Don’t get me wrong, I think it’s a beautiful song. Rihanna’s vocals are gorgeous; it’s was hard to not feel heartfelt while listening to them. And that’s the problem. It’s a powerful form of socialization. That we might internalize the message that passionate love and incontrollable rage go hand-in-hand is really very scary. It suggests not only that you should tolerate interpersonal violence but that, if there is no violence in your relationship, perhaps you don’t really love one another.
Look me in the eyeball
Next time I'm pissed
I'll aim my fist
At the dry wall
There will be no next time
Even though I know it's lies
I'm tired of the games
I just want her back
I know I'm a liar
If she ever tries to fucking leave again
I'mma tie her to the bed
And set the house on fire
Graphic and shocking was largely the point. The song was authored by Eminem, who then asked to collaborate with Rihanna, in part because of her history as an intimate partner violence (IPV) victim (listen here for an excellent discussion on Rihanna, Chris Brown, and the gendered politics of IPV). Against my general principles, I dug into the "bee-bop" popular culture internet sites to see what I could find about how this song and video were intended to address IPV. In fact, there are direct connections being made between the video and IPV.
For instance, Megan Fox has donated her video appearance fee to a shelter for battered women. And in a VH1 interview with Rihanna, the music star explains her and Eminem's personal connection to the song's theme:
"It's something that, you know, [Eminem and I have] both experienced, you know, on different sides, different ends of the table," she said.
"It just was authentic. It was real," Rihanna continued. "It was believable for us to do a record like that, but it was also something that needed to be done and the way he did it was so clever. He pretty much just broke down the cycle of domestic violence and it's something that a lot people don't have a lot of insight on, so this song is a really, really powerful song and it touches a lot of people."
Ultimately, the song was something Rihanna felt was in line with her past relationship. "The lyrics were so deep, so beautiful and intense. It's something that I understood, something I connected with," she revealed.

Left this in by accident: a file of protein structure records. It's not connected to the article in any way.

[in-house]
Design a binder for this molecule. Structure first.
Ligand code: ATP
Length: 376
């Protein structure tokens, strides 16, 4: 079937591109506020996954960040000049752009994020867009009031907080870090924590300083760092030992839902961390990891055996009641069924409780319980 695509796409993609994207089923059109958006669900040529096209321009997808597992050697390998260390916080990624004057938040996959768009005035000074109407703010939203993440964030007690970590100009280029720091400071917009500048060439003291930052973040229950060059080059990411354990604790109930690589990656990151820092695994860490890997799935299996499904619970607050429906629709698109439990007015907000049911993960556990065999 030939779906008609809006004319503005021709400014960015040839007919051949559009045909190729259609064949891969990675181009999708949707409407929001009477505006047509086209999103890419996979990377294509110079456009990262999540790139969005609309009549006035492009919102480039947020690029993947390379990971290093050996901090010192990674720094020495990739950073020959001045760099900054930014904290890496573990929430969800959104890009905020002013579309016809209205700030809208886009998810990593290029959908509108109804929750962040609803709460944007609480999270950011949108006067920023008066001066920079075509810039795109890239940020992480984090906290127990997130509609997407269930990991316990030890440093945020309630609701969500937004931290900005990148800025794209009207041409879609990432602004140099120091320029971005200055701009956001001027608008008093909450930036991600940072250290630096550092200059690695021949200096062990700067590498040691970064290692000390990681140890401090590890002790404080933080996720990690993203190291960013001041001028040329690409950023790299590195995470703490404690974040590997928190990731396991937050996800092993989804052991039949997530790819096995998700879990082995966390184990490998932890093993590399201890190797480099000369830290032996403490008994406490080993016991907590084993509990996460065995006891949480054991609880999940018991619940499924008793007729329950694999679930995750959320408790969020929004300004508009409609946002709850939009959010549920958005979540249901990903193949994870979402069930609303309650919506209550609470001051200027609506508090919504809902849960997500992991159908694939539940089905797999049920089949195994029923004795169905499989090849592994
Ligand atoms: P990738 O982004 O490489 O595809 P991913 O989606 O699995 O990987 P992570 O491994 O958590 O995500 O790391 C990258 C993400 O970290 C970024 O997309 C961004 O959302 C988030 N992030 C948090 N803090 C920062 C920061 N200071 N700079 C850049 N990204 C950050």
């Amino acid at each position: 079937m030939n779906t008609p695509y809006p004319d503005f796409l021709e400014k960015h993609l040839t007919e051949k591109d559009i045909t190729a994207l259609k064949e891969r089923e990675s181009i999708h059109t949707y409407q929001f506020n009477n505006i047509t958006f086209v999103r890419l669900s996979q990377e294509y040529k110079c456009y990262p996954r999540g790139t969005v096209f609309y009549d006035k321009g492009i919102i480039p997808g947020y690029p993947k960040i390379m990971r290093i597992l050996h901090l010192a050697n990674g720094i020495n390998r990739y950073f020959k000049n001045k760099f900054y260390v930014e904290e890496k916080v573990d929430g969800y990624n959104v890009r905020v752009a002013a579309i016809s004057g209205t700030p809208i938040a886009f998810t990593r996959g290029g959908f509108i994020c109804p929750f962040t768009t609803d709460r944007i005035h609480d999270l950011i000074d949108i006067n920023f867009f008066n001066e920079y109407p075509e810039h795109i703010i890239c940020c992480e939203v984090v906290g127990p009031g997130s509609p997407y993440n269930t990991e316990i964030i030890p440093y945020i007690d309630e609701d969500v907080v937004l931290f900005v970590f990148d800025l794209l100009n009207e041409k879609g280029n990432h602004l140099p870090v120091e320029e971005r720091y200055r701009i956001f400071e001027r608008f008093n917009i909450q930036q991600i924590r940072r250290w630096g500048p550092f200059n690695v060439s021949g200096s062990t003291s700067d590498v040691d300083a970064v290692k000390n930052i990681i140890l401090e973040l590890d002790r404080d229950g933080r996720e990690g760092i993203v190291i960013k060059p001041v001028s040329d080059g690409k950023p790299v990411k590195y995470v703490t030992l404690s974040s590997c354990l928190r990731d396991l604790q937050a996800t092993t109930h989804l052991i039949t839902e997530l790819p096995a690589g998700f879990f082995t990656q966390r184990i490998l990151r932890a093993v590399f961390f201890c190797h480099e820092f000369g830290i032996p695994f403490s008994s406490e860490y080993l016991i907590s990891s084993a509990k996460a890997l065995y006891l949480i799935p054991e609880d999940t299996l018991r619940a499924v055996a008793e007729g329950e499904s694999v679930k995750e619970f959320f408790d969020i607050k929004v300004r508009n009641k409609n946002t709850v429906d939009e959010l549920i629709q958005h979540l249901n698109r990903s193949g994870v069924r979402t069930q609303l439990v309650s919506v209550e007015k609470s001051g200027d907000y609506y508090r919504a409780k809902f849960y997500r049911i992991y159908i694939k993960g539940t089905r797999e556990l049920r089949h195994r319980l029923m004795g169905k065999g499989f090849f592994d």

Dominic Monaghan ads:
"The concept of 'Love the Way You Lie' was essentially a look at the relationship that Eminem was in with his wife, Kim, so I kind of felt like I was playing Eminem a little bit, and Megan Fox was kind of playing Kim.
"It's the story of them getting to know each other, and it's the story of their tumultuous relationship, and it was the story of the breakdown of their relationship," he continued. "Ultimately, what I think he's trying to say in the song ... is that he should have walked away a little bit quicker than he did and not let it get as messy as it did."
In my dissertation, adolescent research participants spoke quite openly about the ways they saw IPV as completely normal. These were teens who had experienced multiple forms of violence throughout their lives (peer, family, romantic, drug, physical, verbal) -- certainly not the average college student. I wonder what their interpretations would be.
As for the video, I think maybe it has good intentions, especially using two artists who have a history with IPV, but I don't think it will be beneficial. Using [Dominic Monaghan] and Megan Fox (a sex symbol for everyone today) [it] seems to glorify the topic by using two high end celebrities. This video seemed like it wanted to make domestic violence look sexy and possessiveness look masculine.
...an image containing references to pop music culture might be seen by a young audience as an index of freedom and heterogeneity, whilst to an older audience it might signal manipulation and homgeneity. Which codes are mobilized will largely depend on the triple context of the location of the text, the historical moment and the cultural formation of the reader (p. 80).
The song's and video's influence will likely diminish over time. Nonetheless, "Love The Way You Lie" demonstrates how people's readings of the same cultural product can vary greatly, and how received meanings can be shaped more by audiences' past experiences than by the cultural producers.
Non Internet Sources:
Storey, J. (1993). An Introductory Guide to Cultural Theory and Popular Culture. Athens: University of Georgia Press.